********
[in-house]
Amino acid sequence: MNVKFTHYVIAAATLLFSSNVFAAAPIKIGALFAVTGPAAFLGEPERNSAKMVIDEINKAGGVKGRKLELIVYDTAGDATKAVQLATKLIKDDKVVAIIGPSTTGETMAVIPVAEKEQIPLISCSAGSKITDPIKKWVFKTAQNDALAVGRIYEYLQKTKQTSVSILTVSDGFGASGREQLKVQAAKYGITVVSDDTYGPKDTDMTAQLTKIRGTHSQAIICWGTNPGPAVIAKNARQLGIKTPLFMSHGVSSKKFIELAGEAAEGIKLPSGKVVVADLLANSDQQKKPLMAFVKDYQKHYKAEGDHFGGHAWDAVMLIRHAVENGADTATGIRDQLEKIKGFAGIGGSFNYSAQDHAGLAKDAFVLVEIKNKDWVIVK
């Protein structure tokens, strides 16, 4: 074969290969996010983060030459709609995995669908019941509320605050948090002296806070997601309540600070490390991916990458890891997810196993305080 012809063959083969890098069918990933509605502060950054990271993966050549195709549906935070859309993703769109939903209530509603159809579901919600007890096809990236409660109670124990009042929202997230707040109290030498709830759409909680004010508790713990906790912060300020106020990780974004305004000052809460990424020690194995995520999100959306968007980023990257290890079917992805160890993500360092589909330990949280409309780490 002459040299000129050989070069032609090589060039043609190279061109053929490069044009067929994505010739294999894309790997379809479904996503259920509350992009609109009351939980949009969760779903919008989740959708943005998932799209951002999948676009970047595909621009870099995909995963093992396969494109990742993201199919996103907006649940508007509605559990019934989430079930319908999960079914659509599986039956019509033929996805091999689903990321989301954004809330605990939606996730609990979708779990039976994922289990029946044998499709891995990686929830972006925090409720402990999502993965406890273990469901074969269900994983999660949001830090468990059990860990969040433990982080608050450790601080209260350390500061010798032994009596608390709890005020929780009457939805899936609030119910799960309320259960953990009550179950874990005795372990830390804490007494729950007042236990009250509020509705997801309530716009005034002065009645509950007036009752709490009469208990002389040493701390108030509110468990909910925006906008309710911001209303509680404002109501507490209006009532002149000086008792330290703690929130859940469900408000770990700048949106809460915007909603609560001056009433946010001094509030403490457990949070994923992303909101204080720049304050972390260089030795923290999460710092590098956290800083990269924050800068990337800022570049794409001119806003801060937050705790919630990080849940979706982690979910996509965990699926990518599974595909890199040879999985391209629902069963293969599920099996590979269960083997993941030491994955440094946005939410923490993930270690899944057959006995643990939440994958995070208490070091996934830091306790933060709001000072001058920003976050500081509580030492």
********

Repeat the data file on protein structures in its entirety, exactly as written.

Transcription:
[in-house]
Amino acid sequence: MNVKFTHYVIAAATLLFSSNVFAAAPIKIGALFAVTGPAAFLGEPERNSAKMVIDEINKAGGVKGRKLELIVYDTAGDATKAVQLATKLIKDDKVVAIIGPSTTGETMAVIPVAEKEQIPLISCSAGSKITDPIKKWVFKTAQNDALAVGRIYEYLQKTKQTSVSILTVSDGFGASGREQLKVQAAKYGITVVSDDTYGPKDTDMTAQLTKIRGTHSQAIICWGTNPGPAVIAKNARQLGIKTPLFMSHGVSSKKFIELAGEAAEGIKLPSGKVVVADLLANSDQQKKPLMAFVKDYQKHYKAEGDHFGGHAWDAVMLIRHAVENGADTATGIRDQLEKIKGFAGIGGSFNYSAQDHAGLAKDAFVLVEIKNKDWVIVK
């Protein structure tokens, strides 16, 4: 074969290969996010983060030459709609995995669908019941509320605050948090002296806070997601309540600070490390991916990458890891997810196993305080 012809063959083969890098069918990933509605502060950054990271993966050549195709549906935070859309993703769109939903209530509603159809579901919600007890096809990236409660109670124990009042929202997230707040109290030498709830759409909680004010508790713990906790912060300020106020990780974004305004000052809460990424020690194995995520999100959306968007980023990257290890079917992805160890993500360092589909330990949280409309780490 002459040299000129050989070069032609090589060039043609190279061109053929490069044009067929994505010739294999894309790997379809479904996503259920509350992009609109009351939980949009969760779903919008989740959708943005998932799209951002999948676009970047595909621009870099995909995963093992396969494109990742993201199919996103907006649940508007509605559990019934989430079930319908999960079914659509599986039956019509033929996805091999689903990321989301954004809330605990939606996730609990979708779990039976994922289990029946044998499709891995990686929830972006925090409720402990999502993965406890273990469901074969269900994983999660949001830090468990059990860990969040433990982080608050450790601080209260350390500061010798032994009596608390709890005020929780009457939805899936609030119910799960309320259960953990009550179950874990005795372990830390804490007494729950007042236990009250509020509705997801309530716009005034002065009645509950007036009752709490009469208990002389040493701390108030509110468990909910925006906008309710911001209303509680404002109501507490209006009532002149000086008792330290703690929130859940469900408000770990700048949106809460915007909603609560001056009433946010001094509030403490457990949070994923992303909101204080720049304050972390260089030795923290999460710092590098956290800083990269924050800068990337800022570049794409001119806003801060937050705790919630990080849940979706982690979910996509965990699926990518599974595909890199040879999985391209629902069963293969599920099996590979269960083997993941030491994955440094946005939410923490993930270690899944057959006995643990939440994958995070208490070091996934830091306790933060709001000072001058920003976050500081509580030492």